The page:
Written by Kaylynn Hill
Today marks the five year anniversary of the shooting which devastated my high school. I’m Kaylynn Hill, a proud alumna of Chardon High School, who has grown up here my entire life. As I reflect on the day, I wanted to share my story and the impact on my small town in Chardon, Ohio.
Currently, people often describe me as a kind and passionate leader, but this was not always the case. In fact, before the shooting, I was a very shy person. I did not really get involved in many school functions or even speak unless spoken to. As a sophomore, I did not have any plans after high school graduation or even concrete life goals for that matter. I was just a kid trying to get through my high school courses and go to football games with my friends. I fit perfectly into my small town of Chardon.
Chardon is the kind of small town where everyone knows one another. You can walk down the street with your dog and see your barber, your history teacher, or your mom’s childhood friend. Chardon has always been a place where I just feel at home and so many others do too -- it was even recently named one of the best places to raise a family.
The morning of February 27th, 2012, shook the Chardon community to its core. I remember walking into my first period English class as if it was any other Monday morning. Why think otherwise? Of course, it was not just any Monday. Even five years later, I still have flashbacks when I hear sirens or wear the same shirt I wore on that day. Although February 27th turned into a day that the entire Chardon community will never forget, our healing process is the story I want to share -- it’s how we moved forward. One Heartbeat, One Community.
High schoolers never stop to think that a few moments can drastically alter the course of their life. The shooting was a turning point in my life and so many others because it reminds you how much you take for granted. We are so caught up in the rat race of making it through those four years that we never take a moment to appreciate the people and pleasant events that we have in our lives. February 27th opened our eyes to the fact that tragic things can happen anywhere, to good people, and even inside of our comfort zone in Chardon. It’s very easy to believe the tale of invincibility and go through life living the motions. The shooting really shook up those beliefs.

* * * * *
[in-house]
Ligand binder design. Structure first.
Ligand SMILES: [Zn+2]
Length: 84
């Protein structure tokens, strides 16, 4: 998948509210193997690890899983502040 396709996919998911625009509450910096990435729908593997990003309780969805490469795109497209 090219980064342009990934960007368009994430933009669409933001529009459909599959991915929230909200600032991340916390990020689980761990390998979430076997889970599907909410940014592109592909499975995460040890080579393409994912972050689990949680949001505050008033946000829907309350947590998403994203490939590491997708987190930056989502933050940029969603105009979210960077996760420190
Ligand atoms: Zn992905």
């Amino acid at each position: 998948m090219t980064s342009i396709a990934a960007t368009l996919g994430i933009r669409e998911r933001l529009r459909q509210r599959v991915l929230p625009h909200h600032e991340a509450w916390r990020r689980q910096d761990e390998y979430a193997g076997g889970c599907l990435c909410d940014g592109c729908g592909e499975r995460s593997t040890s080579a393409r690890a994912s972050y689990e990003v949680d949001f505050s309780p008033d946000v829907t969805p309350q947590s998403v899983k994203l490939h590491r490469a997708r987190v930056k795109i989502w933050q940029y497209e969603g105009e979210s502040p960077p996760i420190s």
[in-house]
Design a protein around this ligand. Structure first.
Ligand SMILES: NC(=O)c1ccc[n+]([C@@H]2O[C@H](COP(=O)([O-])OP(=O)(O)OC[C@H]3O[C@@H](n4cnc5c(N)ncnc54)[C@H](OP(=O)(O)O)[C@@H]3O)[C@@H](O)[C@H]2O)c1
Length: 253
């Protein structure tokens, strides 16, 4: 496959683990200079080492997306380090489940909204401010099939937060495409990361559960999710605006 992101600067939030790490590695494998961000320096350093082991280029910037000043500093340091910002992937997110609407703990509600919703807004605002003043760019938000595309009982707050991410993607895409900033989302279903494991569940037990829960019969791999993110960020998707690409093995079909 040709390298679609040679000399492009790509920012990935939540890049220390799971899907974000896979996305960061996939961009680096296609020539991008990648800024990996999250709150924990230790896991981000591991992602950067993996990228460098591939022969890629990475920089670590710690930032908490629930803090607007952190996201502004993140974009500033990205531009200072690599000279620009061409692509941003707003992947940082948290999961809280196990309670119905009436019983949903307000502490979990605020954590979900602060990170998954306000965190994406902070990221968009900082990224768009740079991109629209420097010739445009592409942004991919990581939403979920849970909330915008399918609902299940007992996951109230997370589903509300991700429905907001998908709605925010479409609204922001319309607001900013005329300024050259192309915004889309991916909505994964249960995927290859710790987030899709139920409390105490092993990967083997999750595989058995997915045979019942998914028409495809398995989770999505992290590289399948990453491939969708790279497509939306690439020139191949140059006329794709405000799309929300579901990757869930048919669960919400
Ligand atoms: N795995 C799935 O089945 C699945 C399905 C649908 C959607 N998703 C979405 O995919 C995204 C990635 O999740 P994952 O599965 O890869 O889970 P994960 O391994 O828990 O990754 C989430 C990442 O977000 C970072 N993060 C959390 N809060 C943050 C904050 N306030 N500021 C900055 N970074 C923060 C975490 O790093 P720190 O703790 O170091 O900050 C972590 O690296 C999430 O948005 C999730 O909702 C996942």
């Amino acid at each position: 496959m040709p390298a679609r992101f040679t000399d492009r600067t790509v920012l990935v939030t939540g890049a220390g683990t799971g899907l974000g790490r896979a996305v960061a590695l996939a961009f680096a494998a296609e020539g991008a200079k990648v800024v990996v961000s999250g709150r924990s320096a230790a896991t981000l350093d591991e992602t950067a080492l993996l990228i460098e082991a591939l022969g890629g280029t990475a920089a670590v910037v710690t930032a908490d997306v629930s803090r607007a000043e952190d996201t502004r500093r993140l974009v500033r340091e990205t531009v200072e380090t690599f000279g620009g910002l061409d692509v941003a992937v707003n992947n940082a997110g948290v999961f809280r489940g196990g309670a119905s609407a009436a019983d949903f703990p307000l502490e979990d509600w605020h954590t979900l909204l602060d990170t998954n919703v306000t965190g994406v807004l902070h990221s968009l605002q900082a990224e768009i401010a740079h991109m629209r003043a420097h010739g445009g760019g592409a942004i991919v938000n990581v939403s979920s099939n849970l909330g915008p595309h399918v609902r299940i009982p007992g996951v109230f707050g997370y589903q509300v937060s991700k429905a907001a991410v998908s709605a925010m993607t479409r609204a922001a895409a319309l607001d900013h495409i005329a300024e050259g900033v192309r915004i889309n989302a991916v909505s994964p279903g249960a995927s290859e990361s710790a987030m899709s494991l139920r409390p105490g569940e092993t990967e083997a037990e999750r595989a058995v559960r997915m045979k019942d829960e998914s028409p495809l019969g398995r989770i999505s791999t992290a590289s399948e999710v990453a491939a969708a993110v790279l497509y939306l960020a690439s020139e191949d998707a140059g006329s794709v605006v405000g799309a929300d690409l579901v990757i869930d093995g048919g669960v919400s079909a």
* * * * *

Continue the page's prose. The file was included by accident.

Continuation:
For weeks following the shooting, Chardon was overflowing with cards, food, and other items from people all over the world who were expressing their condolences. People within the Chardon community were going out of their way to care for their neighbor. I remember watching the superintendent in a press conference as he encouraged students to hug their parents a little tighter every morning and take the time to say “I love you”. I saw students who would have never spoken to one another checking in on their fellow peer. With all this kindness pumping into Chardon, we found ourselves asking, “How do we sustain the caring?”
A few months after the shooting, a group of Virginia Tech students came to deliver our first school-wide assembly at Chardon High since the shooting. This group was Actively Caring for People (now Actively Caring). While presenting, every single person was hanging onto the words of the student leader, Shane McCarty, who spoke Shane McCarty. Although there were over 1,000 students and faculty, you could hear a pin drop in the gymnasium. The Actively Caring message was simple: recognizing people for going above and beyond for each other. It was this presentation that helped so many people find their purpose after the shooting. This purpose was to serve others at school and in the community. I knew—Chardon knew—that Actively Caring would be the vessel in which we sustained the compassion after the shooting and begin to move forward in our healing process.
The construction of that vessel began immediately following the Actively Caring presentation. Students—including me—were invited to workshops with the Actively Caring coaches, where we were given the language and tools to bring Actively Caring into our school and into the surrounding community. We started with an appreciation luncheon for our school’s staff. Our focus was to give back to the many people who had helped us throughout our healing process. Throughout the next few years, the club expanded and completed other service-oriented events such as: a yearly Valentine’s Day dance for the elderly community, “Kick It For Cancer” kickball event, and creating a “27 Acts of Kindness” challenge. In addition, the college students from Virginia Tech (aka Actively Caring coaches) empowered us to go into our local middle schools to lead mini-lesson plans on how to bring Actively Caring into their school. Throughout all of these events, not only were we giving back to the community but we were also gaining transformational experiences ourselves. We were gaining leadership, communication, and service skills. Actively Caring empowered me to shift from the shy individual that I once was into a passionate leader.
I often think back to the morning that Actively Caring came to Chardon. It’s amazing that one or two events in your life can completely change your life course. Before Actively Caring, I did not have any clear goals that I wanted to achieve. It has become an integral part of my life. I brought Actively Caring with me to college. I mentor students on how to spread kindness in higher education. Through my mentorship role, I discovered my passion for making a positive impact on college students, and thus will be pursuing a masters in student affairs administration. Actively Caring has helped me realized my purpose to serve others and has given me the voice and the tools to create a lasting impact in the world around me.